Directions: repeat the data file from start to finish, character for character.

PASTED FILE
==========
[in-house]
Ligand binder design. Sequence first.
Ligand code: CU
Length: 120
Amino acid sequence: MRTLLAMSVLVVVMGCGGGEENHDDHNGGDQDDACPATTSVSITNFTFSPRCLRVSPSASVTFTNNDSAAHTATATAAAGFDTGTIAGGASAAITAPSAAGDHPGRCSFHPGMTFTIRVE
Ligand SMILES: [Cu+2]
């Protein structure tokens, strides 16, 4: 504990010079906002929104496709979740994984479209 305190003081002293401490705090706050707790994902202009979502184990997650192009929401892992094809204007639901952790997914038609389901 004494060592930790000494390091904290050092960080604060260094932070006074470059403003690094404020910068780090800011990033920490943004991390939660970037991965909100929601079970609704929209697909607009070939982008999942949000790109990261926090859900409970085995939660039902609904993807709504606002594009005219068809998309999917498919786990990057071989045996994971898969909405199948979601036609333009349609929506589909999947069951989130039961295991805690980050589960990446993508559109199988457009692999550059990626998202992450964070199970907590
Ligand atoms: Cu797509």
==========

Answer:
[in-house]
Ligand binder design. Sequence first.
Ligand code: CU
Length: 120
Amino acid sequence: MRTLLAMSVLVVVMGCGGGEENHDDHNGGDQDDACPATTSVSITNFTFSPRCLRVSPSASVTFTNNDSAAHTATATAAAGFDTGTIAGGASAAITAPSAAGDHPGRCSFHPGMTFTIRVE
Ligand SMILES: [Cu+2]
């Protein structure tokens, strides 16, 4: 504990010079906002929104496709979740994984479209 305190003081002293401490705090706050707790994902202009979502184990997650192009929401892992094809204007639901952790997914038609389901 004494060592930790000494390091904290050092960080604060260094932070006074470059403003690094404020910068780090800011990033920490943004991390939660970037991965909100929601079970609704929209697909607009070939982008999942949000790109990261926090859900409970085995939660039902609904993807709504606002594009005219068809998309999917498919786990990057071989045996994971898969909405199948979601036609333009349609929506589909999947069951989130039961295991805690980050589960990446993508559109199988457009692999550059990626998202992450964070199970907590
Ligand atoms: Cu797509």